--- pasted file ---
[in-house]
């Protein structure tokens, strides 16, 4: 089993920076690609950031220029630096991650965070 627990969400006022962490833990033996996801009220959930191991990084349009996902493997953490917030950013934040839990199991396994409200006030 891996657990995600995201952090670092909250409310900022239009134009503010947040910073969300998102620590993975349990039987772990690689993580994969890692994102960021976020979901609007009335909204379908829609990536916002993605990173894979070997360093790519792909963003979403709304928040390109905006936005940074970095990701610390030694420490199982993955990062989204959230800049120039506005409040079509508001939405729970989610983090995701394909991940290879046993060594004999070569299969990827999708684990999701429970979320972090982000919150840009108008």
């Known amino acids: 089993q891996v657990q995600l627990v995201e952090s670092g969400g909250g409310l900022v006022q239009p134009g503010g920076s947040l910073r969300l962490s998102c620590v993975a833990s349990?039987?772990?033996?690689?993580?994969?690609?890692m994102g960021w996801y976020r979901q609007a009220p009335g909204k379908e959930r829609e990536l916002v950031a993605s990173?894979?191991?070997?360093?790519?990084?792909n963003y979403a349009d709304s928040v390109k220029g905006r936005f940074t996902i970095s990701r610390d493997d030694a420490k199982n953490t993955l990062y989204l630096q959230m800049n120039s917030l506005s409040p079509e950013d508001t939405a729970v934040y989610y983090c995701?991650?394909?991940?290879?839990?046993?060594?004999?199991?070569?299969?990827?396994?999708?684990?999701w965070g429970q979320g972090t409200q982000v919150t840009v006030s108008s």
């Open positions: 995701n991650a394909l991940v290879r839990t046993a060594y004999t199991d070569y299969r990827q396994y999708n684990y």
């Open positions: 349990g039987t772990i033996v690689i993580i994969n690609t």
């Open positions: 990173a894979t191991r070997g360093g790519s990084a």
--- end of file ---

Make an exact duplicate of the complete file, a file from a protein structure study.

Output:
[in-house]
């Protein structure tokens, strides 16, 4: 089993920076690609950031220029630096991650965070 627990969400006022962490833990033996996801009220959930191991990084349009996902493997953490917030950013934040839990199991396994409200006030 891996657990995600995201952090670092909250409310900022239009134009503010947040910073969300998102620590993975349990039987772990690689993580994969890692994102960021976020979901609007009335909204379908829609990536916002993605990173894979070997360093790519792909963003979403709304928040390109905006936005940074970095990701610390030694420490199982993955990062989204959230800049120039506005409040079509508001939405729970989610983090995701394909991940290879046993060594004999070569299969990827999708684990999701429970979320972090982000919150840009108008």
């Known amino acids: 089993q891996v657990q995600l627990v995201e952090s670092g969400g909250g409310l900022v006022q239009p134009g503010g920076s947040l910073r969300l962490s998102c620590v993975a833990s349990?039987?772990?033996?690689?993580?994969?690609?890692m994102g960021w996801y976020r979901q609007a009220p009335g909204k379908e959930r829609e990536l916002v950031a993605s990173?894979?191991?070997?360093?790519?990084?792909n963003y979403a349009d709304s928040v390109k220029g905006r936005f940074t996902i970095s990701r610390d493997d030694a420490k199982n953490t993955l990062y989204l630096q959230m800049n120039s917030l506005s409040p079509e950013d508001t939405a729970v934040y989610y983090c995701?991650?394909?991940?290879?839990?046993?060594?004999?199991?070569?299969?990827?396994?999708?684990?999701w965070g429970q979320g972090t409200q982000v919150t840009v006030s108008s």
């Open positions: 995701n991650a394909l991940v290879r839990t046993a060594y004999t199991d070569y299969r990827q396994y999708n684990y």
């Open positions: 349990g039987t772990i033996v690689i993580i994969n690609t």
């Open positions: 990173a894979t191991r070997g360093g790519s990084a």